Dr. Gena Khodos, North Shore College Consulting Essay Coach
When I was applying to college, the University of Michigan was my top choice. I submitted application for early action and pledged to the university that it was my number one choice.
A few months later a very thin envelope arrived from Ann Arbor: a rejection. It was the first university I heard back from and it was, by far, the most painful. I remember bursting into tears the second I spotted the envelope, knowing that had I been accepted, a large welcome packet would have been welcoming me to become a Wolverine. I tore open the skimpy mailing, read the letter of regret, and went running to my parents for comfort.
So many questions ran through my head: how come they didn’t like me? What did I do wrong? Did I make a mistake on my application? Was I simply not good enough?
Months later I got a full ride to the University of Iowa and decided to go there instead. And I had a blast: I double majored in English and finance, joined a sorority, worked at a local bar, played IM soccer, and had an experience I wouldn’t trade for anything in the world.
All of these memories came rushing back when I recently comforted a student who was rejected from the University of Illinois. She was absolutely despondent and couldn’t figure out what had happened. She seemed to meet all the criteria. Illinois was her dream, and she was sure that no other school would be as good a fit.
While disappointment of any kind can be hard, getting rejected from your top, or one of your top, college choices can be particularly sharp. But there are ways to handle it and move forward.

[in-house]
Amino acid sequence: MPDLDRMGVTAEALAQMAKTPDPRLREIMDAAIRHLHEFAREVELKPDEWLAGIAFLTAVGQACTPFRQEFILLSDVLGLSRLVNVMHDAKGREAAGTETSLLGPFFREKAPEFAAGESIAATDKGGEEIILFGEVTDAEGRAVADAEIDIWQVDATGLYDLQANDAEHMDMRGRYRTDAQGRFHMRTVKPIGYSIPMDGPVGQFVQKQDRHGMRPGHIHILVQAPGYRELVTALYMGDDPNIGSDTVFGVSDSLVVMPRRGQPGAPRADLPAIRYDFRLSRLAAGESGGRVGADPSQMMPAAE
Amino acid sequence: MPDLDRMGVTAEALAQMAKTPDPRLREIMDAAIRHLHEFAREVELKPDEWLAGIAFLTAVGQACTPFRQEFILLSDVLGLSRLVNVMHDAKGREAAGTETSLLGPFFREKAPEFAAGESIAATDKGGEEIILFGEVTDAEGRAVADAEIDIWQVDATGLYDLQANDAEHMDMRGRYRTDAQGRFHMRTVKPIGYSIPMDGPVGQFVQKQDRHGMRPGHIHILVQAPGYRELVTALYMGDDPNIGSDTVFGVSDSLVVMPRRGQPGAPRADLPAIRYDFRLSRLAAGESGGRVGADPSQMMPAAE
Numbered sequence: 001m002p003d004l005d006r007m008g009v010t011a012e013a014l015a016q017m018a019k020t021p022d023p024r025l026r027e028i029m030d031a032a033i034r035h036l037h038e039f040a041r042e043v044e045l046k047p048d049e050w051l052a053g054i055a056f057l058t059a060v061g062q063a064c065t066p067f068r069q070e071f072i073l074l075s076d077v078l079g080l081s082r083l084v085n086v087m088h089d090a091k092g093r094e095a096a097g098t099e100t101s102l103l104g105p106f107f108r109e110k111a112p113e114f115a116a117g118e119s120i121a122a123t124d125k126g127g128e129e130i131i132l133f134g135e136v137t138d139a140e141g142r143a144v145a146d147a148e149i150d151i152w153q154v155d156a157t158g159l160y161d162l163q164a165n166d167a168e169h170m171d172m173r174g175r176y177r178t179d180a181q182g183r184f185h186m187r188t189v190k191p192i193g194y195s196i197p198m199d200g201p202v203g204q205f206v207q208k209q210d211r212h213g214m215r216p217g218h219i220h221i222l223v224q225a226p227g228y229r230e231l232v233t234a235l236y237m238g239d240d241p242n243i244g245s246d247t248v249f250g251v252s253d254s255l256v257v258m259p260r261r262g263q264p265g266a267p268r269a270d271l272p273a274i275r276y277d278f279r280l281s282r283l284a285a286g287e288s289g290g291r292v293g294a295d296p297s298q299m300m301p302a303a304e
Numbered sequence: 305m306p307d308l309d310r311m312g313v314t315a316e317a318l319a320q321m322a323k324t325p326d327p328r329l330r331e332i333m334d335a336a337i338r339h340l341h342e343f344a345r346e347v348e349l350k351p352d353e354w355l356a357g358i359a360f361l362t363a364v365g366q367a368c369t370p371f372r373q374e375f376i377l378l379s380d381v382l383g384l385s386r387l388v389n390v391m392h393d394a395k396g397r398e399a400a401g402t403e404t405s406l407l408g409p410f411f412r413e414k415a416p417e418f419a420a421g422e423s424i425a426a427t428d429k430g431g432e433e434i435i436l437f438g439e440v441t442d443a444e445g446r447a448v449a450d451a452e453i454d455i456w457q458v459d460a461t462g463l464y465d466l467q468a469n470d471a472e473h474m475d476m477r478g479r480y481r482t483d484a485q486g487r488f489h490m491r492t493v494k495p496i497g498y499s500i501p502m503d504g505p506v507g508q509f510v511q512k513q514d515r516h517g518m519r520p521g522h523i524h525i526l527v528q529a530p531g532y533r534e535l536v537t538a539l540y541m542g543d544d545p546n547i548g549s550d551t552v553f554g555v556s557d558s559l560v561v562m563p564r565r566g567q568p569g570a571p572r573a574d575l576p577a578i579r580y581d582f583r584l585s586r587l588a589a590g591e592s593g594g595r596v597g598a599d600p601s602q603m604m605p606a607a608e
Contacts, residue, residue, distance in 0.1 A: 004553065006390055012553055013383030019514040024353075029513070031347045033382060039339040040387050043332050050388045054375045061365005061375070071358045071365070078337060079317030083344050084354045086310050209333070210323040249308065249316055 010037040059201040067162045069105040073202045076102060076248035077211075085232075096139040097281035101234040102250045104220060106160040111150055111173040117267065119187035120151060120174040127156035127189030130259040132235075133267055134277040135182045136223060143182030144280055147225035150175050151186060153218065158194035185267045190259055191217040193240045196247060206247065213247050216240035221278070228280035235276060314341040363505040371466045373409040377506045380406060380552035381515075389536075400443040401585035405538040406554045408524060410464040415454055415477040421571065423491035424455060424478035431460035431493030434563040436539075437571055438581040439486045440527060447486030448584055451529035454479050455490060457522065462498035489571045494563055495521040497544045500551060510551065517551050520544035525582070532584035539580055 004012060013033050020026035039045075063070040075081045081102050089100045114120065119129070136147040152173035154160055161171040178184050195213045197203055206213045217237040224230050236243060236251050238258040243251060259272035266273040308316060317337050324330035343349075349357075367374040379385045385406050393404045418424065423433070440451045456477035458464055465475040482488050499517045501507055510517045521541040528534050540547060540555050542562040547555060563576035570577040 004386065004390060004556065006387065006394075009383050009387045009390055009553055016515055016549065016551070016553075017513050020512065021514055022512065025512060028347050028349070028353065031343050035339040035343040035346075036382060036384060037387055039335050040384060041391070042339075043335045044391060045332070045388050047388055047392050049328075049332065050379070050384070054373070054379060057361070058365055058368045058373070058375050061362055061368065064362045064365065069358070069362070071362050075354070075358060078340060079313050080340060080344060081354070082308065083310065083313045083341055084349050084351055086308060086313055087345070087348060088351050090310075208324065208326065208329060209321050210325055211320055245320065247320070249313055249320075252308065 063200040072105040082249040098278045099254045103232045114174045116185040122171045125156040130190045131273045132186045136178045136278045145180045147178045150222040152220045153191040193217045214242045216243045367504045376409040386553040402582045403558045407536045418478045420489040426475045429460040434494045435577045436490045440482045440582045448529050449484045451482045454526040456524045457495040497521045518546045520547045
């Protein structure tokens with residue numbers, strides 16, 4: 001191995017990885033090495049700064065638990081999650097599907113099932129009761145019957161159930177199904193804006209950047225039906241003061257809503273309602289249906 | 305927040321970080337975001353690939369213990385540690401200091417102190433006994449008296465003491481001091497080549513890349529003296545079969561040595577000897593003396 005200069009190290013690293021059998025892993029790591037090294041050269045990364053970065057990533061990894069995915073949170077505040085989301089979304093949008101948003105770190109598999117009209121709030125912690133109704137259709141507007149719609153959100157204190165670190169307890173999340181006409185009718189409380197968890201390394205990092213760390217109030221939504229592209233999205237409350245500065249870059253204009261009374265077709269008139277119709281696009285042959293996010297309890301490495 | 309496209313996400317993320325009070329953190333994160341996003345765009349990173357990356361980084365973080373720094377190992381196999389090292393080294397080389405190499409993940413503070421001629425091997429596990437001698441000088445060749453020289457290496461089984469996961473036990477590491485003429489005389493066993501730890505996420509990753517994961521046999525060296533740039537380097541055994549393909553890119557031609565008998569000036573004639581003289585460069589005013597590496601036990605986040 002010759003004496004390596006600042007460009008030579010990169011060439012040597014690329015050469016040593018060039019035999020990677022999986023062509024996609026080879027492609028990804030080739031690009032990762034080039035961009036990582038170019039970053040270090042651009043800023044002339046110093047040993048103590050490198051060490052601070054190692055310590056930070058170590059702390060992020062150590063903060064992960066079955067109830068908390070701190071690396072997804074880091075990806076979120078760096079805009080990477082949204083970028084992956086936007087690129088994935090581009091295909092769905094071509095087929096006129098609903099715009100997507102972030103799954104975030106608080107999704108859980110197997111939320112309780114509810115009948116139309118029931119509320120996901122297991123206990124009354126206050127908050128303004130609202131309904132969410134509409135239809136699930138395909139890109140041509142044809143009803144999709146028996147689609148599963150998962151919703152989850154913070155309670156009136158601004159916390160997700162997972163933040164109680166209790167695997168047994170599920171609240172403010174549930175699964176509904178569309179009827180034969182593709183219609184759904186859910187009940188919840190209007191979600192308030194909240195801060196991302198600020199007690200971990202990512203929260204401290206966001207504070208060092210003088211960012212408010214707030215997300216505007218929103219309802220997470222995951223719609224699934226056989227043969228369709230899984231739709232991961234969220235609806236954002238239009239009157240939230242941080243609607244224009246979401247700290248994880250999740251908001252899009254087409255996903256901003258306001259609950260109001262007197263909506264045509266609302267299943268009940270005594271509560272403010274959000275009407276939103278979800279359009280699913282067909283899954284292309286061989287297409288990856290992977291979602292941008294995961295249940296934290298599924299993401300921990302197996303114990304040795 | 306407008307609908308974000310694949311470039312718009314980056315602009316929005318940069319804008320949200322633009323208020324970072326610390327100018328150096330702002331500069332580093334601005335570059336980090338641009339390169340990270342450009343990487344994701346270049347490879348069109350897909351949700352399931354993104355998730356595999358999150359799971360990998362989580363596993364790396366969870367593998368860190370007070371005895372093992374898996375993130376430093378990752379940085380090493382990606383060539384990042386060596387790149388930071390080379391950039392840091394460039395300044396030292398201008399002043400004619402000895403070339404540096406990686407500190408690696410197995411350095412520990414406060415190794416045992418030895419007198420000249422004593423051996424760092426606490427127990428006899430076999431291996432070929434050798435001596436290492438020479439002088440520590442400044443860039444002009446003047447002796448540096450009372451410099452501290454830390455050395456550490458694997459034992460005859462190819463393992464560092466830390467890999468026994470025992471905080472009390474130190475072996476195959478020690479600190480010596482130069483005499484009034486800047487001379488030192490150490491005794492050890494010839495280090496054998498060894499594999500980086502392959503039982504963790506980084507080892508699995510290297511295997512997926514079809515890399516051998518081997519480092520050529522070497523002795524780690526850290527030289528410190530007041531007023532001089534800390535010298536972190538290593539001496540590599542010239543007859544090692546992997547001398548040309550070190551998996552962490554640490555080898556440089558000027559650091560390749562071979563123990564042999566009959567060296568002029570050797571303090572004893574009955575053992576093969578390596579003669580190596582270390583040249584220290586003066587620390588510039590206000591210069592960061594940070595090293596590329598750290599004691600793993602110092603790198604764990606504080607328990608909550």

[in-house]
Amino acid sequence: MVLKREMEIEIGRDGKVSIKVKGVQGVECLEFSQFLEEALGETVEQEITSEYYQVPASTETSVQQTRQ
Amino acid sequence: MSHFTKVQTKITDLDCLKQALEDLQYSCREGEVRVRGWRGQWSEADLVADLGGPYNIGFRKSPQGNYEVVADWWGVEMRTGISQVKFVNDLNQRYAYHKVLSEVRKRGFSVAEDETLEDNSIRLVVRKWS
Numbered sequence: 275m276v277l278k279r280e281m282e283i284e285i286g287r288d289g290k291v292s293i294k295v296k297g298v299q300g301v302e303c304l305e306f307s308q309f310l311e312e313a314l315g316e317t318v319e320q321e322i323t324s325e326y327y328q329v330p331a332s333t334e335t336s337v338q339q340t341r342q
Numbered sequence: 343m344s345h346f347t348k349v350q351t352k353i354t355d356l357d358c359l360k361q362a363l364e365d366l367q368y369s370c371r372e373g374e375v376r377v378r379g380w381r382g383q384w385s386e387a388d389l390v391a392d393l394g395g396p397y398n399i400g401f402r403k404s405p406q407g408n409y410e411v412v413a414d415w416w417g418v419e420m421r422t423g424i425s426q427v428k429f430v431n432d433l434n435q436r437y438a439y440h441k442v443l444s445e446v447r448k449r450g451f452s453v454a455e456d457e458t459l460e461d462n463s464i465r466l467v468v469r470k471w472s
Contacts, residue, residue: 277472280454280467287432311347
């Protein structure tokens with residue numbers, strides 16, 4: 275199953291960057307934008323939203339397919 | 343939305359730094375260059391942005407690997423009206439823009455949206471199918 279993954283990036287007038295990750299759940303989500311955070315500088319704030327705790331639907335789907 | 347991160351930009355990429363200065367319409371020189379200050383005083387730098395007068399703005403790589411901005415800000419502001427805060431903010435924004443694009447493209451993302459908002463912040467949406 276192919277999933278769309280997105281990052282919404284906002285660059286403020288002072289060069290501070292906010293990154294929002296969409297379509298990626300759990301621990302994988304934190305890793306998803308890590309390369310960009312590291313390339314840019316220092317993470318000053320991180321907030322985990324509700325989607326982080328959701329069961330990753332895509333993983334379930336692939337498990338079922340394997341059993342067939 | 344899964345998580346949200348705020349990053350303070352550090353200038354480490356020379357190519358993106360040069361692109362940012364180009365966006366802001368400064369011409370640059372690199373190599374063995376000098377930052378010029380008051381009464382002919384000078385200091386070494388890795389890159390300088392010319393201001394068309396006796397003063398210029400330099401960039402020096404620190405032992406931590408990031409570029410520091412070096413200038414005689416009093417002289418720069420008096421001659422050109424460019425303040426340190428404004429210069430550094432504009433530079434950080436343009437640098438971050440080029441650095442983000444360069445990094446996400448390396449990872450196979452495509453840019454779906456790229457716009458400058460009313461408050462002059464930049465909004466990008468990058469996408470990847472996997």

First things first? Grieve. For some students, college applications represent the culmination of many years of hard work. If you don’t get into your top school, you might feel like all of your hard work was for naught, and you may legitimately feel heartbroken. That’s okay; it’s a completely normal reaction to falling short of a goal you’ve work so hard towards. Jennifer Ann Aquino, author of The International Family Guide to U.S. University Admissions says, “It’s good to grieve and to show emotion. I encourage my students to do so. Don’t hide it or try to suppress it.”
While it’s natural to feel sorrow and the need to grieve, you can’t spend the remainder of your senior year in your bed. It may be helpful to set a self-imposed time constraint on the active grieving process. Allow yourself a few days to really indulge in self-care. Watch some movies, take a hot shower, and get takeout from your favorite restaurant. When a few days pass, though, you’ll need to resolve to move forward. You might still feel sad, but it’s time to start channeling those emotions into something productive. At the end of your self-care days, get back up and prepare to take on the world again.
Next, process the information as rationally as possible, reconsidering the unique admissions criteria for each school from all angles, and focusing on things you can control versus things you can’t. You might think that your college admissions decisions are a direct indicator of your worth as a person or as a student, but it is important to remember that this is definitely not the case. College admissions decisions are based on so many factors that you can’t control. If you did your best to control the ones you could, then you need to know that there were other factors at play.
While it may be difficult to speak to admissions representatives about your individual application and their decisions, “[s]ome schools might share the GPA and testing averages for their newly admitted students.” says Christina DeCesare, Associate Director of College Counseling at Princeton Day School in Princeton, NJ. “If a student is well below those averages, that might help provide some context as to why they were not offered admission.” With this, however, it’s imperative to remember that those data points are only small pieces of the application review process.